Noted Author, Budhist Scholar to Speak in Honoka’a and Hilo

Noted author and educator, guest speaker Dr. Kenneth K. Tanaka will speak at Honoka‘a Hongwanji, Monday, August 13, and at Hilo Betsuin, Tuesday, August 14.  His talks about “Attraction, Detraction and the Future of Shin Buddhism within American Religious Landscape” begin at 7 p.m. at both locations, and there will be an opportunity to meet Dr. Tanaka, share some refreshments and talk story afterward.

Dr. Kenneth K. Tanaka

“I like all food as I try practicing non-attachment!” said Tanaka, successful author of eight books, including Ocean: an Introduction to Jodo Shinsu Buddhism in America.  In spite of his esoteric titles, Dr. Tanaka has a down-to-earth and enlightening perspective on Buddhism in the United States—as evidenced in his writing.  For example, in “Ocean” Chapter One, Dr. Tanaka talks about Buddhist principles, the “Four Marks of Existence.”

“Buddhist teachings can seem complicated, but I have an easy way to remember the Four Marks of Existence:
1) Life is a Bumpy road,
2) Life is Impermanent,
3) Life is Interdependent,
4) Life is Fundamentally Good.
“So, to remember the four, “Think BIIG!”

Born in 1947 in Yamaguchi, Japan, Dr. Tanaka moved to California at the age of eleven in 1958 with his Japanese-American parents.   After graduating from Stanford in 1970 with a degree in Cultural Anthropology, he took a year-long journey around the world that included a stint as a monk in a Buddhist monastery in Thailand.

In Japan, he earned an M.A. in Indian Philosophy from Tokyo University and was ordained in as a Shin Buddhist minister in 1978. Returning to the U.S., he earned a Ph.D. in Buddhist Studies at the University of California, Berkeley, and in 1991 was appointed Professor at the Institute of Buddhist Studies, an affiliate of the Graduate Theological Union.  He has also taught at Musashino University, Tokyo University and Ryukoku University.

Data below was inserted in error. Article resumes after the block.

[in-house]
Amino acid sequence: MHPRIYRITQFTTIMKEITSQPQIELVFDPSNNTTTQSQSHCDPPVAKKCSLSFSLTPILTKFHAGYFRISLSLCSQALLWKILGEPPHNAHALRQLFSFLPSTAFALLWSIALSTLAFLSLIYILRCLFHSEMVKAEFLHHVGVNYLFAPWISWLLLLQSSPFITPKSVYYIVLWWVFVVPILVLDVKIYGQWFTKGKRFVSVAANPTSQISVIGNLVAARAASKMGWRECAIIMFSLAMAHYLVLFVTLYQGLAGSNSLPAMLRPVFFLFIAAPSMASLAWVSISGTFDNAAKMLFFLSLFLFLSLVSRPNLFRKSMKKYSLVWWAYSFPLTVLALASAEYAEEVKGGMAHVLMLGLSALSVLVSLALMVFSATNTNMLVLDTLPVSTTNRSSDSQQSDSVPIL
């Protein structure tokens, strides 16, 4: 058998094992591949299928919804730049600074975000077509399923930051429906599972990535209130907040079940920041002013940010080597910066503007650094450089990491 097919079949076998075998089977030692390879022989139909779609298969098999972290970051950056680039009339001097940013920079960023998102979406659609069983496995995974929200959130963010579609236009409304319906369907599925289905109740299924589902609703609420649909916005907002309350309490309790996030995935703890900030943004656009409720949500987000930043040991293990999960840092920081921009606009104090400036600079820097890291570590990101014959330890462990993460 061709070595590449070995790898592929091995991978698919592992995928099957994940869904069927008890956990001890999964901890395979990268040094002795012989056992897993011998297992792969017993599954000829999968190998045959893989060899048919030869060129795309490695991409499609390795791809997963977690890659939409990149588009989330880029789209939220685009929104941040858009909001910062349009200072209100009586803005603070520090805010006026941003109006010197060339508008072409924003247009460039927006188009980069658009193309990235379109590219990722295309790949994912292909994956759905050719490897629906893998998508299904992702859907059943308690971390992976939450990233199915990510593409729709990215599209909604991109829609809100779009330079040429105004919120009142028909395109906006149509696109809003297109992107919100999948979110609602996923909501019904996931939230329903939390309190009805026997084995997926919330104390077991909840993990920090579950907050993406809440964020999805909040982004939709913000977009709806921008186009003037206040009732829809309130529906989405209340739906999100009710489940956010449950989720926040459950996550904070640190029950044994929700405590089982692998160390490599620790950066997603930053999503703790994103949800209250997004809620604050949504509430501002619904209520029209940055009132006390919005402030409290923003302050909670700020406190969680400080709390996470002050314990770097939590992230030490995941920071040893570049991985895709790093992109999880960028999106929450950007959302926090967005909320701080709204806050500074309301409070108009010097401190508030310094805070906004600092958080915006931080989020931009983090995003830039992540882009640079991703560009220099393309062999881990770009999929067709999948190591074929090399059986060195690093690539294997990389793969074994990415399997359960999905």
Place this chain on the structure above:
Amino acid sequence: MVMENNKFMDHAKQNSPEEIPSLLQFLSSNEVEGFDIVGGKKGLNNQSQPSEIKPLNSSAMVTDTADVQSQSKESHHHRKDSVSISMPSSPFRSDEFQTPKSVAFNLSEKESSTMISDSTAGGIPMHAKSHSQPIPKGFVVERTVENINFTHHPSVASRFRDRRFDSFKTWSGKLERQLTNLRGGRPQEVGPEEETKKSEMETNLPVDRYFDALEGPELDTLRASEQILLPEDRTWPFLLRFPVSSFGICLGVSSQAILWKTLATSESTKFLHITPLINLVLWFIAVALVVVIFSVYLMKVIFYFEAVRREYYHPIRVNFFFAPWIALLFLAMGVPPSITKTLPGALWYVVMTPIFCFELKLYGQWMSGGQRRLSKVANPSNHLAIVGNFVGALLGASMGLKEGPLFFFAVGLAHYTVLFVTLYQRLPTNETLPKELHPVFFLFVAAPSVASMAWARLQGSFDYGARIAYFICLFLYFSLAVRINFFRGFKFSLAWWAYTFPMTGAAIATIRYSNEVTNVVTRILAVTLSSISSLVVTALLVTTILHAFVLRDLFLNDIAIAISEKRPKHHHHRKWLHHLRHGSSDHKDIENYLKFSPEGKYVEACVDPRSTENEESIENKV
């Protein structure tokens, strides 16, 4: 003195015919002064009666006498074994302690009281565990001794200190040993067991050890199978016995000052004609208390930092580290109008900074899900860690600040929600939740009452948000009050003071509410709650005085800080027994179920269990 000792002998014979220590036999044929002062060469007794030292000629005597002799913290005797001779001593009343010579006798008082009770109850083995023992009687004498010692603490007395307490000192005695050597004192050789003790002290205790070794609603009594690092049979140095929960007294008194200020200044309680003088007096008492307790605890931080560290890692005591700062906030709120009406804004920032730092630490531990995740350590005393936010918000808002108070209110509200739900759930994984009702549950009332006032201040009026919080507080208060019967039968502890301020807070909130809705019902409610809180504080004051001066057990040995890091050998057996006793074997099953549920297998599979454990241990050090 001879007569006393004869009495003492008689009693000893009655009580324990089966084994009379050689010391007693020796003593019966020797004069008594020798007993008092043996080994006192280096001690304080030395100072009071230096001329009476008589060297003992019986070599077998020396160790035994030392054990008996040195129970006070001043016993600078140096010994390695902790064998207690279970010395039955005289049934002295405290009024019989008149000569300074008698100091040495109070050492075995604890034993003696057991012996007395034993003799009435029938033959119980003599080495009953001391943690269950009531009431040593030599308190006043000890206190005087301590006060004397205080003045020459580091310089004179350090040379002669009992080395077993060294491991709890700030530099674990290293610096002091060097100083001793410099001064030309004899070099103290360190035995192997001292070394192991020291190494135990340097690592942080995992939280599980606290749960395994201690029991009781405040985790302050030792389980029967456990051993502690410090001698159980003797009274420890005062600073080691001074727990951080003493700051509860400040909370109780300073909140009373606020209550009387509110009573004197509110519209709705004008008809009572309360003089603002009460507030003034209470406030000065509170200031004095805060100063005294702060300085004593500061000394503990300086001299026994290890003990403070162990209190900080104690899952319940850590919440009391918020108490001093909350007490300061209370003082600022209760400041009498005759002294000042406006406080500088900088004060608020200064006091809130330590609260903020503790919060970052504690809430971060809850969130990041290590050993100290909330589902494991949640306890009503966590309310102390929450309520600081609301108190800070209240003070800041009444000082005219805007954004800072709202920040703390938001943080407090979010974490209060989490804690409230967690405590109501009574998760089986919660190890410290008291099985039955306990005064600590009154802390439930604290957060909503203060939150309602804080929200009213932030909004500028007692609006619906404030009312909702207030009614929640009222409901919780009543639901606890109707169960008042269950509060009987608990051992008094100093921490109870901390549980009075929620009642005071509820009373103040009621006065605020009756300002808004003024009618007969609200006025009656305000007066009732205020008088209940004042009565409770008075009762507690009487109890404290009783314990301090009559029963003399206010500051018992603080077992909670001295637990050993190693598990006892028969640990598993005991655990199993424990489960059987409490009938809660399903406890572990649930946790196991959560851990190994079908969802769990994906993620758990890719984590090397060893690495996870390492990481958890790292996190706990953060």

A dedicated scholar, writer and educator, Dr. Tanaka understandably has little spare time for outside interests.  “I have no hobbies since my life itself is a hobby!” he said.  And no pets, although he does find time to feed three stray cats every morning, which have taught him Dharma (described as piety and ethical practice, duty and obligation, the orderly fulfillment of our inherent destiny).  “They are Dharma cats,” he said.  Visit Dr. Tanaka’s website at

Admission to the “Attraction, Detraction” talks are free and open to everyone regardless of religious or spiritual background. Dr. Tanaka’s talk begins at 7 p.m. followed by time for questions and answers, and informal receptions with light refreshments.  Dr. Tanaka’s presentations are courtesy of the Honoka‘a Hongwanji Buddhist Temple and Hilo Betsuin. Major support has been provided by the Commission on Buddhist Education (Honpa Hongwanji Mission of Hawaii).

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